Saige: I would like to welcome Theda Black, my Saige’s Stage Author this week. Welcome, Theda!
I just have a few questions to ask.
Who do you consider to be your biggest fan?
Theda: It might sound corny but it’s true—writing can be pretty lonely. Some writers have writing/critique groups they attend or work with online, some have advisors, some have people who read their work when they’re finished and offer their opinions/ideas. I have Cass, one of my best friends. She’s my first reader.
It’s easy to get too close to what I’m writing and lose feeling for what is right and wrong for the piece. Or sometimes I’ll pick up my story and do this weird brain-warp thing—suddenly it’s all hideous, how could anyone want to read it, blah, blah, blah. I know enough nowadays to realize when that’s happened and back away, but it’s really helpful to have someone who is familiar with my work in progress and who can give me a good shake and tell me to snap out of it. Cass is that person. She likes my work and my style a lot, and she has respect for it.
Normally I don’t have anyone read my work in the rough stages, but I don’t mind it with her—for one thing, she knows I’m going to edit anything I do within an inch of its life, and she sees through all the clumsy, rough stuff to what I’m intending. She’s very encouraging and gives me suggestions and ideas when I get in a bind.
There’s another reader (and this is probably a cheat, naming more than one person, but there you have it) who’d read some work of mine several years ago before I was published. Her name is Susan. She found me on twitter this past year. I was so surprised and glad to see her again. She’s so enthused, encouraging and a very nice person.
S: What was the most different direction, emotionally, that your characters took you?
T: There’s a guy in an unpublished story (it’s a completed rough draft called Eromenos) named Seth. Seth’s in college. His roommate’s name is Xander. Xander’s smart and handsome and trouble from the word go, through no fault of his own. He’s going through hell and Seth’s uneasy, he doesn’t want to deal with the things Xander’s going through, but then he realizes he wants to help. Xander’s worth it.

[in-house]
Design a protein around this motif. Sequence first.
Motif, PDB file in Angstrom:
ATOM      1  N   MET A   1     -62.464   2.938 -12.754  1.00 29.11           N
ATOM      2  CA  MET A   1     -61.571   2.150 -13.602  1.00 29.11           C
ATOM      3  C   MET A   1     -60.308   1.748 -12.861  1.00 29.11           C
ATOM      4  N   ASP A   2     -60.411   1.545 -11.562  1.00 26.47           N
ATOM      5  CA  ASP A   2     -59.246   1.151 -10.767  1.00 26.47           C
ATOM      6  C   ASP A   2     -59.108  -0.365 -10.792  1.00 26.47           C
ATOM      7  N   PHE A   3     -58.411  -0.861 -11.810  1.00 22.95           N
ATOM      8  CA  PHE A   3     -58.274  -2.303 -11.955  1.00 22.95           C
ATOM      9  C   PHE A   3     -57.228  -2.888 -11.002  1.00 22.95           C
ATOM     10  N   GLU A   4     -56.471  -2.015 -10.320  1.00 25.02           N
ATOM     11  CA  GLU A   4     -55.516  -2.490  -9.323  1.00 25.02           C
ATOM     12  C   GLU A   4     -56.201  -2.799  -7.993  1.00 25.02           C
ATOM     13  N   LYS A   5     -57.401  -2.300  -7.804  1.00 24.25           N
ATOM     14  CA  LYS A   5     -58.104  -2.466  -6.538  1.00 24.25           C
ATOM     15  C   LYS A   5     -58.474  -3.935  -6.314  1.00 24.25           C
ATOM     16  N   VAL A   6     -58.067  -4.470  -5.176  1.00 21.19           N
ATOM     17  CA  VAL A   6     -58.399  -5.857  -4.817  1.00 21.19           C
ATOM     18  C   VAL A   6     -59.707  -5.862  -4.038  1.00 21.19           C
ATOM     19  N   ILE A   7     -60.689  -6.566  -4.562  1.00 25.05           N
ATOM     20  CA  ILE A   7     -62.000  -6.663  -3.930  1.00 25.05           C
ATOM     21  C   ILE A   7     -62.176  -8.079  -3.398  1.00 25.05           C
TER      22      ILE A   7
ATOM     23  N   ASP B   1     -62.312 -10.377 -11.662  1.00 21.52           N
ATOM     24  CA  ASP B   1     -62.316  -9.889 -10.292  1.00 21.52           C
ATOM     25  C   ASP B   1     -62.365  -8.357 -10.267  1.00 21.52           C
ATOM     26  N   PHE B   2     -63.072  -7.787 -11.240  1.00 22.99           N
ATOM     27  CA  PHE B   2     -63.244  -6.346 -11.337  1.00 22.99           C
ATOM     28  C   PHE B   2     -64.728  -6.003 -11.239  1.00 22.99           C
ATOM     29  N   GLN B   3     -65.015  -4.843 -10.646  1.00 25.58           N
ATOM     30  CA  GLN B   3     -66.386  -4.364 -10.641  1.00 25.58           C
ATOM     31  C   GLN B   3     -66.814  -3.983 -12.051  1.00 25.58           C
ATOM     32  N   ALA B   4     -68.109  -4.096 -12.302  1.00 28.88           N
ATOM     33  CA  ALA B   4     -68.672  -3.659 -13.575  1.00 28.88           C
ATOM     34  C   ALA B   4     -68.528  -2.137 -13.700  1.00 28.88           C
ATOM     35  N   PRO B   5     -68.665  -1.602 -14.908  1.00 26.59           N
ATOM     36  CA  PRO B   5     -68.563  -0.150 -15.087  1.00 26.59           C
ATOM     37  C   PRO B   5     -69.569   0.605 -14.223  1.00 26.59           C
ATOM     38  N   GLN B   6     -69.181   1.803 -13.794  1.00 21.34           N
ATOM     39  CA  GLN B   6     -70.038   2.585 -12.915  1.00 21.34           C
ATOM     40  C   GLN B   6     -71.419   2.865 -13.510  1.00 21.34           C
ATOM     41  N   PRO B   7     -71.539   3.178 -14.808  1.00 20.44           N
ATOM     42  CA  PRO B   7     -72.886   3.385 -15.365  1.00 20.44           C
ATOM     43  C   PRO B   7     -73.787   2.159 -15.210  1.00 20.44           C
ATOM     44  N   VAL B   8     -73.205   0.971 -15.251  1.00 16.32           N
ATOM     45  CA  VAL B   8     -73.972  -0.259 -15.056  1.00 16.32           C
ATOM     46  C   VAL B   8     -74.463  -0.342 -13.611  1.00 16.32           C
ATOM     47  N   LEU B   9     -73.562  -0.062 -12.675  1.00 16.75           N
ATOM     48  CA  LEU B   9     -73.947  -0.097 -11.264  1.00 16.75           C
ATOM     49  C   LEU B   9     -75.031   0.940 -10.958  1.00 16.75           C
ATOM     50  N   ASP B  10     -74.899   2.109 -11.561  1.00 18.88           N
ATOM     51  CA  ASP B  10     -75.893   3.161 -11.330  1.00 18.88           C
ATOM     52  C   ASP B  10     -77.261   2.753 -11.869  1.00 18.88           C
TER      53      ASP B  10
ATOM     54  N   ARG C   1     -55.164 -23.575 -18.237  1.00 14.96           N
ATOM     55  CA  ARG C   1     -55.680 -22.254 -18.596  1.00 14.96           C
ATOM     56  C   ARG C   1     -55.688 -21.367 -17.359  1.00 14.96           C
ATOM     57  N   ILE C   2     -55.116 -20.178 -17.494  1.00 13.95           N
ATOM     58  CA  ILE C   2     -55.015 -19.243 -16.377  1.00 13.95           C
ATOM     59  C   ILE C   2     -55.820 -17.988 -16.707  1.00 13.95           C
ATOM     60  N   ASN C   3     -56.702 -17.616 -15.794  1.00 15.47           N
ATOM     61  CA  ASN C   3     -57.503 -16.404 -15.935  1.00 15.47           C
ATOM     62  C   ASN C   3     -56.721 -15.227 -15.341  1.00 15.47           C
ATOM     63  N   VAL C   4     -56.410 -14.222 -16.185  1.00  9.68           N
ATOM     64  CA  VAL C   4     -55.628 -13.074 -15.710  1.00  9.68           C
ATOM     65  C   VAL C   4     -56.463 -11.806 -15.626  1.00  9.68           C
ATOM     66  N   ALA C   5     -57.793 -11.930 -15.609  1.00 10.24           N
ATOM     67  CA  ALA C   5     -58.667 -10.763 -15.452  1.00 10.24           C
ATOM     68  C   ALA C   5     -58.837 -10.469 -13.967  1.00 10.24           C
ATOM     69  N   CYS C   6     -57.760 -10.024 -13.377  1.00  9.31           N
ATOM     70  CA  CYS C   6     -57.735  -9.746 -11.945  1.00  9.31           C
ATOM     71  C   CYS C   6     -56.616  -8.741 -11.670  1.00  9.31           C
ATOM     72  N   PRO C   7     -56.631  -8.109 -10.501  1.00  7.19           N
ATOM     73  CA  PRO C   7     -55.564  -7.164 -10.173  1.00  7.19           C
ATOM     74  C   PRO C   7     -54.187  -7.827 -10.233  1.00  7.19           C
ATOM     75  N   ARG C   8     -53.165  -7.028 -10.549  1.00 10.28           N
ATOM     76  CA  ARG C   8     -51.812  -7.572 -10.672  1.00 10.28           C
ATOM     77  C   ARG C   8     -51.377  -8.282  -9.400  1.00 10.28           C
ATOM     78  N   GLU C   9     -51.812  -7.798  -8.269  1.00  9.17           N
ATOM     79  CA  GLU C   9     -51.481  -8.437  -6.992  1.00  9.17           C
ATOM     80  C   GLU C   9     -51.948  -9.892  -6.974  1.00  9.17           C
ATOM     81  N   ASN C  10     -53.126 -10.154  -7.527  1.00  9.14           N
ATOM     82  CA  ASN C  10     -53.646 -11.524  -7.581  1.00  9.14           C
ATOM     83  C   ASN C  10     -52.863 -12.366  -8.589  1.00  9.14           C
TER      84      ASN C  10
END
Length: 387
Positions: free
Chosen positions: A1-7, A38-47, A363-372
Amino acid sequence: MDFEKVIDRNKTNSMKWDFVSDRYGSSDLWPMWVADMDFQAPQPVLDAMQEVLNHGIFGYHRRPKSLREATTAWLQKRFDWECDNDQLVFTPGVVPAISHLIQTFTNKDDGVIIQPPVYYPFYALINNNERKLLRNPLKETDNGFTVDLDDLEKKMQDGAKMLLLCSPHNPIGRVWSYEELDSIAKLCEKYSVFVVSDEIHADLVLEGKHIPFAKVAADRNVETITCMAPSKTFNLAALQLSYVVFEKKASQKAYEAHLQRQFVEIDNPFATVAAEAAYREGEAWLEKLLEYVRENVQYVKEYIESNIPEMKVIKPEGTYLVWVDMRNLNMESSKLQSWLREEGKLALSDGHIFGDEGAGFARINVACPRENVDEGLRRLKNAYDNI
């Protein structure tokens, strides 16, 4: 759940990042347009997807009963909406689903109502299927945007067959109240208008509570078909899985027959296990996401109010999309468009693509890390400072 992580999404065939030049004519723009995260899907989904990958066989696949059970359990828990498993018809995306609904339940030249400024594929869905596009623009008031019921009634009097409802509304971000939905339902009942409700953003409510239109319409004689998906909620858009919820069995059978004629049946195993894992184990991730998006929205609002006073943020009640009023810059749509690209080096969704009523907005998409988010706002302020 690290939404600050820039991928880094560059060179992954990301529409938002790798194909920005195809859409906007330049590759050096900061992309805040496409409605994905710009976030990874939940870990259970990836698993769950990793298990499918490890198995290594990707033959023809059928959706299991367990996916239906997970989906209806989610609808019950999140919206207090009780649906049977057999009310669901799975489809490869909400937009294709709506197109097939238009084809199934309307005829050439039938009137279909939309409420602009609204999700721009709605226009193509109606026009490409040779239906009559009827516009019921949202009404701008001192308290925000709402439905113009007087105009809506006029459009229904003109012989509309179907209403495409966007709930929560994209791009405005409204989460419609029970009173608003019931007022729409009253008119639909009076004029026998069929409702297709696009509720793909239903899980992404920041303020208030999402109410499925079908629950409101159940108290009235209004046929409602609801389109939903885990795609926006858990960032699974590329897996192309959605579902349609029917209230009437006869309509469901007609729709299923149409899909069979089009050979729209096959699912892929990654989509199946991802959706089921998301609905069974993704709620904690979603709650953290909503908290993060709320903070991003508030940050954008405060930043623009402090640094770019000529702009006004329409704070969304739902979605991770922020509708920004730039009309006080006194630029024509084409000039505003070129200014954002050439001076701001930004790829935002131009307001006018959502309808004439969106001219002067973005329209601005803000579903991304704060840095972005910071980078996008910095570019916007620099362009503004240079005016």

Seth’s got a good family, no tortured background, no big flaws or major problems that might make him vulnerable and lonesome or lean on this relationship in an unhealthy manner. He just has some very real feelings for Xander. And Xander hurts him, no doubt about it, though he really can’t help himself. Seth overcomes that. What’s more, once he decided he’s in for the long haul, he’s a total bulldog about it. He’s simply not going to abandon Xander, and while it could be a bad thing, an unhealthy thing, in this story Seth’s dealing from a position of tremendous personal strength. It feels brave and very much in love. It surprised me.
S: When you started writing, did you write for the purpose of getting published or was it just for your personal collection? If you didn't do it to get published, how and did you decide to do that?
T: I started writing for fun. I was really young. I wrote a couple of children’s stories. After that I wrote a little for the school newspaper in middle school, then went on to some ridiculous, ridiculing fiction about my teacher in middle school that got passed around class (some very off-color humor in that). Then years later I wrote a piece of fan fiction in response to a Halloween challenge at a Yahoo group. It was very casual, fun stuff, but it was what started me on the road to thinking I’d like to submit work in the hopes of getting published.
S: I started writing at a young age as well, but haven’t been published. A story I’m writing now is for the purpose of getting published, but it wasn’t always like that, so I can relate in that aspect.
Pantser or Plotter: Are you a “let it flow” type of writer or do you plot everything out first?
T: I plot as much as I can to minimize the points where I go, “Uh, how do I get out of that?” or “Help me Obi-Wan, I don’t know what to do next!” Then it happens anyway.
S: What advice do you give to aspiring authors?
T: Keep writing keep writing keep writing. Be open to people who have things to teach you. Open a grammar book (or ten). Utilize good advice and recognize bad advice so that you don’t follow it.
For your stories, it’s the same as acting: less is more. Over dramatic prose will cheapen the story you’re relating. Keep your words fast and lean and moving.
S: Thank you for that great advice and thank you for joining me today. It’s been a pleasure getting to know you and I look forward to having you back some time!
|Click to buy book|
Zach's alone, he's lost his job and the rent's coming due. He thinks he knows all about bad luck, but he's about to find out what it really means.
In high school, Mal was the golden boy. Then he lost his way. Now he's back on track, working his way through college and looking toward the future.
They've never met, but one summer night everything changes. They find themselves in desperate trouble, trapped and bound together in darkness.
The moon is riding high and bright in the sky when Zach notices Mal's changing, growing volatile and wild. Suddenly Zach's got bigger things to worry about than being kidnapped―he's trapped with a man who's going wolf with the full moon.
Make sure to comment for your chance to win Theda's wonderful book, Beneath the Neon Moon!